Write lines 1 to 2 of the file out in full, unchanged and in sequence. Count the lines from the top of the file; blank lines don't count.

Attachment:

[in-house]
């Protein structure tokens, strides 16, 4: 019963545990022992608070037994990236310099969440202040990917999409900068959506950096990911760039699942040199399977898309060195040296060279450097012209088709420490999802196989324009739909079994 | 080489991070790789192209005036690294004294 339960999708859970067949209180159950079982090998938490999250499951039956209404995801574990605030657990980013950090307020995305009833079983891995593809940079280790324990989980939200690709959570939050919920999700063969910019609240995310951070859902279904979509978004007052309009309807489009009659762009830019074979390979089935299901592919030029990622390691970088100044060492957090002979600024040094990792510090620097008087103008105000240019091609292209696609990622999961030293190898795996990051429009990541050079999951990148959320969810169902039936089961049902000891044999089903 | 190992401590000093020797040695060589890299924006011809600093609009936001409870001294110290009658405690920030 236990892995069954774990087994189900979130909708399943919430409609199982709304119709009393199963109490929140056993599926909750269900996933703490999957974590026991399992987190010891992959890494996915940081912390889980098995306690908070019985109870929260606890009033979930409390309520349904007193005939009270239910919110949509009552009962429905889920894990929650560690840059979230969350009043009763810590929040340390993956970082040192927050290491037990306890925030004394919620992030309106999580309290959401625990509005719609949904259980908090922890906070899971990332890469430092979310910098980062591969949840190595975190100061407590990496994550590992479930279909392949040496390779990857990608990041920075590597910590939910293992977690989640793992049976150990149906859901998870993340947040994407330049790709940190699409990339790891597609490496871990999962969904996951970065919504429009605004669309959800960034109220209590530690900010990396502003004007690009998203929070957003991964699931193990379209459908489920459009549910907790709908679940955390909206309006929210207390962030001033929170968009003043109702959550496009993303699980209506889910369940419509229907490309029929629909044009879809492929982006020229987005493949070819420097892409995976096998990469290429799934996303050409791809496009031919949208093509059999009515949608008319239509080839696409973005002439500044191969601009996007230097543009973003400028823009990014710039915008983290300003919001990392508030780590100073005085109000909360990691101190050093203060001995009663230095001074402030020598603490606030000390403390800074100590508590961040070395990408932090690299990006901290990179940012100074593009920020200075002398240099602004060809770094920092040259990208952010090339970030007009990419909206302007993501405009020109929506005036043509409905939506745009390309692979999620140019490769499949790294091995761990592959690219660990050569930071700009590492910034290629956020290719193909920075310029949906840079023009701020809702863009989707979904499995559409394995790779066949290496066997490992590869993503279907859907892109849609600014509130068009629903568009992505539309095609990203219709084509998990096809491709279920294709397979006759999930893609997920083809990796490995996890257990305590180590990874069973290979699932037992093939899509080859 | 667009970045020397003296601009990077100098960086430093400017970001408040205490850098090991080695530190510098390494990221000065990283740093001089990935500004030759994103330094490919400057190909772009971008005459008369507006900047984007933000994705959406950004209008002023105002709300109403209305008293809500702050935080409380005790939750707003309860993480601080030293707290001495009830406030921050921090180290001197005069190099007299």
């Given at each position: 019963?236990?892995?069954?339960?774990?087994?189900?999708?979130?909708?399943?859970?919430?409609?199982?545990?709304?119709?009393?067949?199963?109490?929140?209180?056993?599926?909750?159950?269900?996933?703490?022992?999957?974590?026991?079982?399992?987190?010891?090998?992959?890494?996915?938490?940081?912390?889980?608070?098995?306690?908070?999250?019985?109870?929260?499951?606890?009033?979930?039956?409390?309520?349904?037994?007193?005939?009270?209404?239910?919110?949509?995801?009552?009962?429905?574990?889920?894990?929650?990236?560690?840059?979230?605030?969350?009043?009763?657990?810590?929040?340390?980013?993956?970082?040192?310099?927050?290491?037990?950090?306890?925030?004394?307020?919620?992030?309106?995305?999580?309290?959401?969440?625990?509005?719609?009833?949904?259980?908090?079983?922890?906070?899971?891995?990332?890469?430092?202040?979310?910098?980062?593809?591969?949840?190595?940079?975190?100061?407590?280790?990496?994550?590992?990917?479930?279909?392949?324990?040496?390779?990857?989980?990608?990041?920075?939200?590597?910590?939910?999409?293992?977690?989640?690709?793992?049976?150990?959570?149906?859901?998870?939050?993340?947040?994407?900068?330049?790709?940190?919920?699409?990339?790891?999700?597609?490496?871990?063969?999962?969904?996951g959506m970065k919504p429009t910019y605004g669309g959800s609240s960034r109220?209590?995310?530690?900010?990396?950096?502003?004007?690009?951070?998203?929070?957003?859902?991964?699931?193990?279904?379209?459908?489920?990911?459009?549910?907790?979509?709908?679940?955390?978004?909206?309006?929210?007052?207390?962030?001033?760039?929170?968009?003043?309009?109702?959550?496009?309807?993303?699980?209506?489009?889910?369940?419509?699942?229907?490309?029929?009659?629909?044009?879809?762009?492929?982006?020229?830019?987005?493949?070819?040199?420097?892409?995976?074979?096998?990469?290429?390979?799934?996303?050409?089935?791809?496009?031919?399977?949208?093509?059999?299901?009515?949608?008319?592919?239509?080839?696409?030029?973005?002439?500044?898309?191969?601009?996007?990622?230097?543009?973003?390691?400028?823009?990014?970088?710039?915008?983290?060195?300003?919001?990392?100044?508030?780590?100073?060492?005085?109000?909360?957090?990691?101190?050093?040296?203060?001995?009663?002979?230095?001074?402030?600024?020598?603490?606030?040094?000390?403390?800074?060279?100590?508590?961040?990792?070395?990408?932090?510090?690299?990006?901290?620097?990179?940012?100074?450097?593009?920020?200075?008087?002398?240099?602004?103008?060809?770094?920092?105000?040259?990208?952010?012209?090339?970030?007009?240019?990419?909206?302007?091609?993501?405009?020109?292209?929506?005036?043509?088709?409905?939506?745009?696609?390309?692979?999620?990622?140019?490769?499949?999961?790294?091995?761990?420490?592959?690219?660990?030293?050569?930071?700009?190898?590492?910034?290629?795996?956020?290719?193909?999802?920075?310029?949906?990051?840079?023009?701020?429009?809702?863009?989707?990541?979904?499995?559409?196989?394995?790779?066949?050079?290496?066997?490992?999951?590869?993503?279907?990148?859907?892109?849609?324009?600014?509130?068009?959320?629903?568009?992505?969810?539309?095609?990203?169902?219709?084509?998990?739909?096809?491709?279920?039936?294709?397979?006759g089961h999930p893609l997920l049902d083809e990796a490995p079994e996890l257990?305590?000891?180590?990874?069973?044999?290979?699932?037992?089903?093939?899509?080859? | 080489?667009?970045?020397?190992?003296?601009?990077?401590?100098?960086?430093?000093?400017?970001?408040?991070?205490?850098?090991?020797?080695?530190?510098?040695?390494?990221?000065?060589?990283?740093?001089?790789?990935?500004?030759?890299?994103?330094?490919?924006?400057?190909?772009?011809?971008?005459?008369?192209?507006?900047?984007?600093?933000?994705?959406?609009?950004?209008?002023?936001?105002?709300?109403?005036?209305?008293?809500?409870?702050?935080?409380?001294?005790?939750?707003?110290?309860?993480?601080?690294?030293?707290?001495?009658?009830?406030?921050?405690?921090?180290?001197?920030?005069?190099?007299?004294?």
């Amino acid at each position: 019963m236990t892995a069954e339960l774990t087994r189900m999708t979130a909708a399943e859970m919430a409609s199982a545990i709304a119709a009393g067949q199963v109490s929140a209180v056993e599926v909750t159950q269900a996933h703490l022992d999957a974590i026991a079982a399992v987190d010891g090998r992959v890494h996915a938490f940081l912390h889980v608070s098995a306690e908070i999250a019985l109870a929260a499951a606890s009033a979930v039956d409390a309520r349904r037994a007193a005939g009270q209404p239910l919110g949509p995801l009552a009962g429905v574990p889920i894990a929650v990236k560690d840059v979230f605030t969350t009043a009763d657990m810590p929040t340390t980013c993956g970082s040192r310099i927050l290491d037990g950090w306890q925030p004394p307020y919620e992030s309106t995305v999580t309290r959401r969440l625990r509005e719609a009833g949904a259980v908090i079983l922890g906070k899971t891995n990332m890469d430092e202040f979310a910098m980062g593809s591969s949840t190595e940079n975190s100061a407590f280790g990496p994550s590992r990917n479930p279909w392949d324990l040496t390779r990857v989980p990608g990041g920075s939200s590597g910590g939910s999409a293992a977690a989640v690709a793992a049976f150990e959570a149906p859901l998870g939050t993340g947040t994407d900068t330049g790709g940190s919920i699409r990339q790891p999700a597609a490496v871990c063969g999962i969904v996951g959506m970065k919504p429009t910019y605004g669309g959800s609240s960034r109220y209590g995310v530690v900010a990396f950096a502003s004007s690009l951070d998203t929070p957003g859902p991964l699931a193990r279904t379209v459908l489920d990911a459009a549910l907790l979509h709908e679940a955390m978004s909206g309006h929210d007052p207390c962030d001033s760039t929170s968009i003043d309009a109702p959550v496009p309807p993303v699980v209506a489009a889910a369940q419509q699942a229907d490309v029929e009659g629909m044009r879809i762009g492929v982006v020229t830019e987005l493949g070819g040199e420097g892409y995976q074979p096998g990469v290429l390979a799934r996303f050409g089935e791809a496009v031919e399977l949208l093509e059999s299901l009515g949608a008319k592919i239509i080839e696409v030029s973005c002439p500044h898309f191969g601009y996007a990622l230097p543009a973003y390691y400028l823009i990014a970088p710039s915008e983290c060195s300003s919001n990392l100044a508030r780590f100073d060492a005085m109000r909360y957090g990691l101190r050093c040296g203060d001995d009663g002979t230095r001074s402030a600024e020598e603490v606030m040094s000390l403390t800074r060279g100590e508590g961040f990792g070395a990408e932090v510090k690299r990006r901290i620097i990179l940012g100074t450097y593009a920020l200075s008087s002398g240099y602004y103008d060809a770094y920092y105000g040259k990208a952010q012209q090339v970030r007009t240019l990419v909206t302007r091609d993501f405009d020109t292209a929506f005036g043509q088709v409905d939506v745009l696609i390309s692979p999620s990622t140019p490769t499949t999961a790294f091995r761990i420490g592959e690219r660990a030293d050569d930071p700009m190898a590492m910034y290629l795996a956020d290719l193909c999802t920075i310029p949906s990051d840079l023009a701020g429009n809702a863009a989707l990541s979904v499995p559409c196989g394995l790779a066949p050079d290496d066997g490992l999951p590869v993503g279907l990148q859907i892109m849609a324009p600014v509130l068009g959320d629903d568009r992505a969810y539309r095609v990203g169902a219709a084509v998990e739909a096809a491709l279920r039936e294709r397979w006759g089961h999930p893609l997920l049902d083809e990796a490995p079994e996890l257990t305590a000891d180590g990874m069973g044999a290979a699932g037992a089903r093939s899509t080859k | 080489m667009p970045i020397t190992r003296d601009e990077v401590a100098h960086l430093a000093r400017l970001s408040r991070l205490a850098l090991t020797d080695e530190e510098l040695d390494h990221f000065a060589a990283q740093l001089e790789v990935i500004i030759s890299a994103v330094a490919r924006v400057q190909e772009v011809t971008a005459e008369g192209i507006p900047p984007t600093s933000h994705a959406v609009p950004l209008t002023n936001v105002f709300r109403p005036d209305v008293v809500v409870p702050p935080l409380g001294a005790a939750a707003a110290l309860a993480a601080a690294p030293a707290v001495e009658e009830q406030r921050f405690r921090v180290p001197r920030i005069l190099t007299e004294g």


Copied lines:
[in-house]
């Protein structure tokens, strides 16, 4: 019963545990022992608070037994990236310099969440202040990917999409900068959506950096990911760039699942040199399977898309060195040296060279450097012209088709420490999802196989324009739909079994 | 080489991070790789192209005036690294004294 339960999708859970067949209180159950079982090998938490999250499951039956209404995801574990605030657990980013950090307020995305009833079983891995593809940079280790324990989980939200690709959570939050919920999700063969910019609240995310951070859902279904979509978004007052309009309807489009009659762009830019074979390979089935299901592919030029990622390691970088100044060492957090002979600024040094990792510090620097008087103008105000240019091609292209696609990622999961030293190898795996990051429009990541050079999951990148959320969810169902039936089961049902000891044999089903 | 190992401590000093020797040695060589890299924006011809600093609009936001409870001294110290009658405690920030 236990892995069954774990087994189900979130909708399943919430409609199982709304119709009393199963109490929140056993599926909750269900996933703490999957974590026991399992987190010891992959890494996915940081912390889980098995306690908070019985109870929260606890009033979930409390309520349904007193005939009270239910919110949509009552009962429905889920894990929650560690840059979230969350009043009763810590929040340390993956970082040192927050290491037990306890925030004394919620992030309106999580309290959401625990509005719609949904259980908090922890906070899971990332890469430092979310910098980062591969949840190595975190100061407590990496994550590992479930279909392949040496390779990857990608990041920075590597910590939910293992977690989640793992049976150990149906859901998870993340947040994407330049790709940190699409990339790891597609490496871990999962969904996951970065919504429009605004669309959800960034109220209590530690900010990396502003004007690009998203929070957003991964699931193990379209459908489920459009549910907790709908679940955390909206309006929210207390962030001033929170968009003043109702959550496009993303699980209506889910369940419509229907490309029929629909044009879809492929982006020229987005493949070819420097892409995976096998990469290429799934996303050409791809496009031919949208093509059999009515949608008319239509080839696409973005002439500044191969601009996007230097543009973003400028823009990014710039915008983290300003919001990392508030780590100073005085109000909360990691101190050093203060001995009663230095001074402030020598603490606030000390403390800074100590508590961040070395990408932090690299990006901290990179940012100074593009920020200075002398240099602004060809770094920092040259990208952010090339970030007009990419909206302007993501405009020109929506005036043509409905939506745009390309692979999620140019490769499949790294091995761990592959690219660990050569930071700009590492910034290629956020290719193909920075310029949906840079023009701020809702863009989707979904499995559409394995790779066949290496066997490992590869993503279907859907892109849609600014509130068009629903568009992505539309095609990203219709084509998990096809491709279920294709397979006759999930893609997920083809990796490995996890257990305590180590990874069973290979699932037992093939899509080859 | 667009970045020397003296601009990077100098960086430093400017970001408040205490850098090991080695530190510098390494990221000065990283740093001089990935500004030759994103330094490919400057190909772009971008005459008369507006900047984007933000994705959406950004209008002023105002709300109403209305008293809500702050935080409380005790939750707003309860993480601080030293707290001495009830406030921050921090180290001197005069190099007299």